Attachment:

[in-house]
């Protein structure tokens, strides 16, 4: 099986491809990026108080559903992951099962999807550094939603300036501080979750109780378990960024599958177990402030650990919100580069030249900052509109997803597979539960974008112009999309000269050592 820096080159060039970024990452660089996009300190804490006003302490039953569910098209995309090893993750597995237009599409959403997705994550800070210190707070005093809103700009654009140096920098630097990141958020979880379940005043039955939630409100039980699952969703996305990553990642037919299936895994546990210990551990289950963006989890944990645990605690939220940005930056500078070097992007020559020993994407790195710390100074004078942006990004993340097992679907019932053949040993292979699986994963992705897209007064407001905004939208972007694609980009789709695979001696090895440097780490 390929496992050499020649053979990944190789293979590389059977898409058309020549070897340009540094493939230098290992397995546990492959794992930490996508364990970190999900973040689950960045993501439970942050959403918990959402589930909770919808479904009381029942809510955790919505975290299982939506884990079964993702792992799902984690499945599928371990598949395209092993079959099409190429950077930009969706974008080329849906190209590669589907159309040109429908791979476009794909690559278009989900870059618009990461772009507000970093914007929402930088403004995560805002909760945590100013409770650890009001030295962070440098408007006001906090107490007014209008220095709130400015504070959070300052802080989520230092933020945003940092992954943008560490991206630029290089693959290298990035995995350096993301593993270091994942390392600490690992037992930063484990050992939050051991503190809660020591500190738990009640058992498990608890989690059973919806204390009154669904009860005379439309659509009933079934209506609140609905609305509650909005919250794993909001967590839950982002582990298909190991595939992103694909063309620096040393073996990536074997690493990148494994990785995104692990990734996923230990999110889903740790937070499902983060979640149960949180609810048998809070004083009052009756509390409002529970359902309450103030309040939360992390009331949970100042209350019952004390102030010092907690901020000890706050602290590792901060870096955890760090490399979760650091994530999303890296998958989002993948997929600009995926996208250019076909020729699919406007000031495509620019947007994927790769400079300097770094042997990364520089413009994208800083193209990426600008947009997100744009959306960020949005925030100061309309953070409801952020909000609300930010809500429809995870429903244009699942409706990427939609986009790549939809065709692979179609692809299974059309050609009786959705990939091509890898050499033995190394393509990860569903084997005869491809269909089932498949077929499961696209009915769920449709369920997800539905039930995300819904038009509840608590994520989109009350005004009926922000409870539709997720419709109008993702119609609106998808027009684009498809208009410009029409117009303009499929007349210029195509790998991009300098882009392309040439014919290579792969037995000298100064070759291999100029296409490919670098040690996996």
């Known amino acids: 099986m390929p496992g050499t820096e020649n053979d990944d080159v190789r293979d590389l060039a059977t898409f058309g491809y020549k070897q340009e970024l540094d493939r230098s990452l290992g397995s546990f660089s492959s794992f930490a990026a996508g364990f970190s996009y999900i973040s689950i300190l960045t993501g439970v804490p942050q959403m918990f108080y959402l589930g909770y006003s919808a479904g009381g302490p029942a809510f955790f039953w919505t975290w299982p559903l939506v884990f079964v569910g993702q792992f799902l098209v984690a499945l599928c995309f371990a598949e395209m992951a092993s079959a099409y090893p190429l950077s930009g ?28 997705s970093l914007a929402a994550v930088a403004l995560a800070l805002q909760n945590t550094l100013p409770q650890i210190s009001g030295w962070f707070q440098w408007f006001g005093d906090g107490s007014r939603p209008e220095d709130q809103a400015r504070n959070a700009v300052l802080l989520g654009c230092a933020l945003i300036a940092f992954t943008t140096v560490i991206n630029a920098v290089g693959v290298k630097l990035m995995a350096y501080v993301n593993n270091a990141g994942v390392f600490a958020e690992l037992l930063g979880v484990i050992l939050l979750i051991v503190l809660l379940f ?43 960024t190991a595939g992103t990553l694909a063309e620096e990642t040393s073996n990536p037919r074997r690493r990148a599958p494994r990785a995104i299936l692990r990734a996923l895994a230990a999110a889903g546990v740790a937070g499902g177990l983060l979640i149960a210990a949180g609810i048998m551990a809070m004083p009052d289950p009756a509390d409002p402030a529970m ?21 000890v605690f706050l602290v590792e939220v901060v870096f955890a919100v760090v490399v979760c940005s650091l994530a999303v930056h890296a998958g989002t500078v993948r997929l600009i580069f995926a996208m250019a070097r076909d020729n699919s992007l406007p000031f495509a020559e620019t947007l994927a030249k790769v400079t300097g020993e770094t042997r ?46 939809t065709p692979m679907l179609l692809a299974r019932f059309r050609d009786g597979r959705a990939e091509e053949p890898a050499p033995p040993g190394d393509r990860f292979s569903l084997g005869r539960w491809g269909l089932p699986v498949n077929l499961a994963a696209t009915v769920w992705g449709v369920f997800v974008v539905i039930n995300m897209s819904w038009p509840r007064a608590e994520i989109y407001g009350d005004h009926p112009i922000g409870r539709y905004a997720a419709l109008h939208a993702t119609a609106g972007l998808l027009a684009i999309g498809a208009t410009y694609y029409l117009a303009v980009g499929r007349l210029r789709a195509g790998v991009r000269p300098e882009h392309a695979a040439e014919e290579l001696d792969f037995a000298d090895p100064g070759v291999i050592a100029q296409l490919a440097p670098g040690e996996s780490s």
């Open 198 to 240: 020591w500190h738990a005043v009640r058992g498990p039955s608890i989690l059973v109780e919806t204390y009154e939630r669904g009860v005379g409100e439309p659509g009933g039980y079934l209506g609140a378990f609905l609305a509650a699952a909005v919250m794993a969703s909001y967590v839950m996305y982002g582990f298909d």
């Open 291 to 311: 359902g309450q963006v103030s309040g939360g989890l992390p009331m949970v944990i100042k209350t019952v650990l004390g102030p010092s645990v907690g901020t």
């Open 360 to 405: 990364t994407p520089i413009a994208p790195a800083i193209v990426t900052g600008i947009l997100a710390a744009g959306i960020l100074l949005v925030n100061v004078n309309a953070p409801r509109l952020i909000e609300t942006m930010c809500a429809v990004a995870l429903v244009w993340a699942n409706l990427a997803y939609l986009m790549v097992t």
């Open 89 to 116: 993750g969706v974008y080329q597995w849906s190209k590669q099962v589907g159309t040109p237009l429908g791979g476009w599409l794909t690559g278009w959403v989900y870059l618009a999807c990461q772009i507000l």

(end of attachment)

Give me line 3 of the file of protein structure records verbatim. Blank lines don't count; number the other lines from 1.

């Known amino acids: 099986m390929p496992g050499t820096e020649n053979d990944d080159v190789r293979d590389l060039a059977t898409f058309g491809y020549k070897q340009e970024l540094d493939r230098s990452l290992g397995s546990f660089s492959s794992f930490a990026a996508g364990f970190s996009y999900i973040s689950i300190l960045t993501g439970v804490p942050q959403m918990f108080y959402l589930g909770y006003s919808a479904g009381g302490p029942a809510f955790f039953w919505t975290w299982p559903l939506v884990f079964v569910g993702q792992f799902l098209v984690a499945l599928c995309f371990a598949e395209m992951a092993s079959a099409y090893p190429l950077s930009g ?28 997705s970093l914007a929402a994550v930088a403004l995560a800070l805002q909760n945590t550094l100013p409770q650890i210190s009001g030295w962070f707070q440098w408007f006001g005093d906090g107490s007014r939603p209008e220095d709130q809103a400015r504070n959070a700009v300052l802080l989520g654009c230092a933020l945003i300036a940092f992954t943008t140096v560490i991206n630029a920098v290089g693959v290298k630097l990035m995995a350096y501080v993301n593993n270091a990141g994942v390392f600490a958020e690992l037992l930063g979880v484990i050992l939050l979750i051991v503190l809660l379940f ?43 960024t190991a595939g992103t990553l694909a063309e620096e990642t040393s073996n990536p037919r074997r690493r990148a599958p494994r990785a995104i299936l692990r990734a996923l895994a230990a999110a889903g546990v740790a937070g499902g177990l983060l979640i149960a210990a949180g609810i048998m551990a809070m004083p009052d289950p009756a509390d409002p402030a529970m ?21 000890v605690f706050l602290v590792e939220v901060v870096f955890a919100v760090v490399v979760c940005s650091l994530a999303v930056h890296a998958g989002t500078v993948r997929l600009i580069f995926a996208m250019a070097r076909d020729n699919s992007l406007p000031f495509a020559e620019t947007l994927a030249k790769v400079t300097g020993e770094t042997r ?46 939809t065709p692979m679907l179609l692809a299974r019932f059309r050609d009786g597979r959705a990939e091509e053949p890898a050499p033995p040993g190394d393509r990860f292979s569903l084997g005869r539960w491809g269909l089932p699986v498949n077929l499961a994963a696209t009915v769920w992705g449709v369920f997800v974008v539905i039930n995300m897209s819904w038009p509840r007064a608590e994520i989109y407001g009350d005004h009926p112009i922000g409870r539709y905004a997720a419709l109008h939208a993702t119609a609106g972007l998808l027009a684009i999309g498809a208009t410009y694609y029409l117009a303009v980009g499929r007349l210029r789709a195509g790998v991009r000269p300098e882009h392309a695979a040439e014919e290579l001696d792969f037995a000298d090895p100064g070759v291999i050592a100029q296409l490919a440097p670098g040690e996996s780490s």